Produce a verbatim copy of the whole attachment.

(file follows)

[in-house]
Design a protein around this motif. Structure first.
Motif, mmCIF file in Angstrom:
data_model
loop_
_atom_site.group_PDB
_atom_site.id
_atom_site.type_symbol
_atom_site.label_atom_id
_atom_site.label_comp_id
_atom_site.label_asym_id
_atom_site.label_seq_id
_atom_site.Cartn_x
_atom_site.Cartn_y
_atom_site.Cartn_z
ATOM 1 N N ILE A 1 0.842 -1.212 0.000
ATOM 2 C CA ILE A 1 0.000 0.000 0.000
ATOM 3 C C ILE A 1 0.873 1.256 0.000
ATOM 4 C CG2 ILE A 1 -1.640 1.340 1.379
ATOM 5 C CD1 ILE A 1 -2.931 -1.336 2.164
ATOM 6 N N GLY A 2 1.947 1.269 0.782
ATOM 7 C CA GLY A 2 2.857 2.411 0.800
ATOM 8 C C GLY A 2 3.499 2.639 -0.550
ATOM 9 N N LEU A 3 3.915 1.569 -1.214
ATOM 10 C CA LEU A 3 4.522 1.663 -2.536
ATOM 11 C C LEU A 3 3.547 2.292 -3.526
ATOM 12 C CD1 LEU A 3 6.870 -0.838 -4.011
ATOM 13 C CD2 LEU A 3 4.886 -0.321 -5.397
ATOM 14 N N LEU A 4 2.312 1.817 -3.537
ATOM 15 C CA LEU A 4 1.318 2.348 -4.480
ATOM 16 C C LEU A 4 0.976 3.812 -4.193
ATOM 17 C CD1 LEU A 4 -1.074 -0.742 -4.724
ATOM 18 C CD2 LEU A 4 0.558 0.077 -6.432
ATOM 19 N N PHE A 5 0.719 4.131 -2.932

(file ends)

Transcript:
[in-house]
Design a protein around this motif. Structure first.
Motif, mmCIF file in Angstrom:
data_model
loop_
_atom_site.group_PDB
_atom_site.id
_atom_site.type_symbol
_atom_site.label_atom_id
_atom_site.label_comp_id
_atom_site.label_asym_id
_atom_site.label_seq_id
_atom_site.Cartn_x
_atom_site.Cartn_y
_atom_site.Cartn_z
ATOM 1 N N ILE A 1 0.842 -1.212 0.000
ATOM 2 C CA ILE A 1 0.000 0.000 0.000
ATOM 3 C C ILE A 1 0.873 1.256 0.000
ATOM 4 C CG2 ILE A 1 -1.640 1.340 1.379
ATOM 5 C CD1 ILE A 1 -2.931 -1.336 2.164
ATOM 6 N N GLY A 2 1.947 1.269 0.782
ATOM 7 C CA GLY A 2 2.857 2.411 0.800
ATOM 8 C C GLY A 2 3.499 2.639 -0.550
ATOM 9 N N LEU A 3 3.915 1.569 -1.214
ATOM 10 C CA LEU A 3 4.522 1.663 -2.536
ATOM 11 C C LEU A 3 3.547 2.292 -3.526
ATOM 12 C CD1 LEU A 3 6.870 -0.838 -4.011
ATOM 13 C CD2 LEU A 3 4.886 -0.321 -5.397
ATOM 14 N N LEU A 4 2.312 1.817 -3.537
ATOM 15 C CA LEU A 4 1.318 2.348 -4.480
ATOM 16 C C LEU A 4 0.976 3.812 -4.193
ATOM 17 C CD1 LEU A 4 -1.074 -0.742 -4.724
ATOM 18 C CD2 LEU A 4 0.558 0.077 -6.432
ATOM 19 N N PHE A 5 0.719 4.131 -2.932